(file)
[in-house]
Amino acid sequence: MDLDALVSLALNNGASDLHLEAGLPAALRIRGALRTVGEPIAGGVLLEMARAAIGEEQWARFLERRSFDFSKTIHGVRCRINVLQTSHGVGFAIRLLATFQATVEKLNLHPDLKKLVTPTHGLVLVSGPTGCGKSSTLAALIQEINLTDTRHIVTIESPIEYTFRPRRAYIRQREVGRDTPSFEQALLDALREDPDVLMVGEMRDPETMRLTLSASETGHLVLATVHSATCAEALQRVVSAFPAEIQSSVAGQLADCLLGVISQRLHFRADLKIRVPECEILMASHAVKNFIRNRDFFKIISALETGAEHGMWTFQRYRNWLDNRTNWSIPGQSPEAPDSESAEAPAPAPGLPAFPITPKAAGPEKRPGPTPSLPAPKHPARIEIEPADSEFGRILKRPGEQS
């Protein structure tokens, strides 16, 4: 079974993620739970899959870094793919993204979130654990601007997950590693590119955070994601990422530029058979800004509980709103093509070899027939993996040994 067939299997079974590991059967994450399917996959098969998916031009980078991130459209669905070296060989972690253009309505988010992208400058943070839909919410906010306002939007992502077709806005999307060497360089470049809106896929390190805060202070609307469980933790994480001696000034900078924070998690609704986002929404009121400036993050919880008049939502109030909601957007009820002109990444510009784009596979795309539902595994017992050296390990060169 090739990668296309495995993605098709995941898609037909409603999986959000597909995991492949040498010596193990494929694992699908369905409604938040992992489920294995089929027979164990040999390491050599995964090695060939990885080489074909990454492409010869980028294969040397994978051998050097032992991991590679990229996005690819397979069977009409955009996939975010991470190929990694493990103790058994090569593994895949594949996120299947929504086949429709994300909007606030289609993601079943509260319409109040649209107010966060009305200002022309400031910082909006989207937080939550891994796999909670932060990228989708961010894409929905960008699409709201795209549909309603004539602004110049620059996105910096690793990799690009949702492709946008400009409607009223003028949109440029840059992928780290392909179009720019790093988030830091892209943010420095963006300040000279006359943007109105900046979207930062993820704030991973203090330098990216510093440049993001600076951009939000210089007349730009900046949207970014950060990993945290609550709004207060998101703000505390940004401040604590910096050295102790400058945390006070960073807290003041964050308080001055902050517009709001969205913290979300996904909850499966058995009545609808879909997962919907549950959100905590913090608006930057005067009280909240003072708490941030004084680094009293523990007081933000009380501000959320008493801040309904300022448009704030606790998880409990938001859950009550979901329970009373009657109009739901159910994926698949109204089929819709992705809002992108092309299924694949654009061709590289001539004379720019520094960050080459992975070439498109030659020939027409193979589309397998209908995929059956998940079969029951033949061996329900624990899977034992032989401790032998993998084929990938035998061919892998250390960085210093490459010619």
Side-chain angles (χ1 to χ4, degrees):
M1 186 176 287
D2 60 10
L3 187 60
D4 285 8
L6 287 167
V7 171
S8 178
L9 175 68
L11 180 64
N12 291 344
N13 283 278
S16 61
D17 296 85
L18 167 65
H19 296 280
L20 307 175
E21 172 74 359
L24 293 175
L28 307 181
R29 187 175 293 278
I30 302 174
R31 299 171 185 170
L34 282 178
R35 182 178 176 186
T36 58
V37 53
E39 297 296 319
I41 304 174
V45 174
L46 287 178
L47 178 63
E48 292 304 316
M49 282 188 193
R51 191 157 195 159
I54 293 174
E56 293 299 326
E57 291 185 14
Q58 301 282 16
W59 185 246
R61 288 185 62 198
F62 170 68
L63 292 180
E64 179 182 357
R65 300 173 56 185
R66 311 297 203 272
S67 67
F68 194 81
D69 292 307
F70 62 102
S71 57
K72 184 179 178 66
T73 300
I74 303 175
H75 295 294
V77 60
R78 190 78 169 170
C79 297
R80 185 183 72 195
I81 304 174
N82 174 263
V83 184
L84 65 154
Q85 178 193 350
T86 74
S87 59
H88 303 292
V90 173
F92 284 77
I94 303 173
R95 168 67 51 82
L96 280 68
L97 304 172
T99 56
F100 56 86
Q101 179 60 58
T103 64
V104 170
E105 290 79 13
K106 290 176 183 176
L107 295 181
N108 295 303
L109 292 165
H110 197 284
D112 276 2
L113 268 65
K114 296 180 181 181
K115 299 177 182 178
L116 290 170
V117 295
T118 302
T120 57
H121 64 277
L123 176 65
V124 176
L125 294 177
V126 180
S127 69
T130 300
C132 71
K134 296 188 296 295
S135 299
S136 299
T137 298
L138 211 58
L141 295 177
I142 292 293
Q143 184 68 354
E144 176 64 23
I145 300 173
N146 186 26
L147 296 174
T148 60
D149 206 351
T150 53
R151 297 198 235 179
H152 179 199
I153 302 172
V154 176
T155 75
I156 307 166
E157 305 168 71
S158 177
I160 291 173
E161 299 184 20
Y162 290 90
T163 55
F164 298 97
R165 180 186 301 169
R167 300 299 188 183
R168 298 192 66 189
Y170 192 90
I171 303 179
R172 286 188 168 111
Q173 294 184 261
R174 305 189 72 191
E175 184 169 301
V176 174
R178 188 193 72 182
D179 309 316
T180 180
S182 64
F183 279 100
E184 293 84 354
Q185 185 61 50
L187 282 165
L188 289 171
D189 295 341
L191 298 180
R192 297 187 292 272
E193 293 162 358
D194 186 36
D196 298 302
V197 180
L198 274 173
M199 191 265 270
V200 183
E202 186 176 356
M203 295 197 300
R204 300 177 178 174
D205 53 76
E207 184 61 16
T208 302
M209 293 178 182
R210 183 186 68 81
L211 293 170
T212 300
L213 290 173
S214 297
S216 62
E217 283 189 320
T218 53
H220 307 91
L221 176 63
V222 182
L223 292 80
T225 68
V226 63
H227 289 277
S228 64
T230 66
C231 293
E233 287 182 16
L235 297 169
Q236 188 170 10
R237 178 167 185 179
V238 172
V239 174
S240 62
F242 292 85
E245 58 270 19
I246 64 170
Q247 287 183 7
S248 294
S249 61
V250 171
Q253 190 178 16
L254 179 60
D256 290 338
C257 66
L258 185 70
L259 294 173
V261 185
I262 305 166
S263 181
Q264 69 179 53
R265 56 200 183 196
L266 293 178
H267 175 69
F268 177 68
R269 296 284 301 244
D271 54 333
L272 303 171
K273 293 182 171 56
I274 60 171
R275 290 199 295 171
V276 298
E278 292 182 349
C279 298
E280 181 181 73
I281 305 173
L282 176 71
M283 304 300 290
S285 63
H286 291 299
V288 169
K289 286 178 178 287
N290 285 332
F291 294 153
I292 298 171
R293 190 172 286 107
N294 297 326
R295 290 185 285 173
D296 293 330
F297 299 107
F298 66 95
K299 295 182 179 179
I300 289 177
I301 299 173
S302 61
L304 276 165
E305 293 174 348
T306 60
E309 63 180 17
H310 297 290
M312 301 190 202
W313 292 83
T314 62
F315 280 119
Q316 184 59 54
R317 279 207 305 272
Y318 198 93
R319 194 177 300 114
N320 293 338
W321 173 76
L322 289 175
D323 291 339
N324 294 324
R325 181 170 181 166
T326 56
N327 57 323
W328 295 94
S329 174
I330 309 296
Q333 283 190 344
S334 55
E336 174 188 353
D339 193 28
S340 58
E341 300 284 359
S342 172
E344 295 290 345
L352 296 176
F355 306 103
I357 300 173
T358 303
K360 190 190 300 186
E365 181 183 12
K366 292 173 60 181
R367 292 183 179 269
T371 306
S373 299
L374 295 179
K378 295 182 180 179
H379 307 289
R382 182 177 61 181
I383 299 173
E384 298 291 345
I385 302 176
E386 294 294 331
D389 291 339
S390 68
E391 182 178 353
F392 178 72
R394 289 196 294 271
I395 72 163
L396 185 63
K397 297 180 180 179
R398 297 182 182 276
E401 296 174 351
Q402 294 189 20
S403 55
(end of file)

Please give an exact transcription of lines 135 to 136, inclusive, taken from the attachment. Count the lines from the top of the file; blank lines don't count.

Y170 192 90
I171 303 179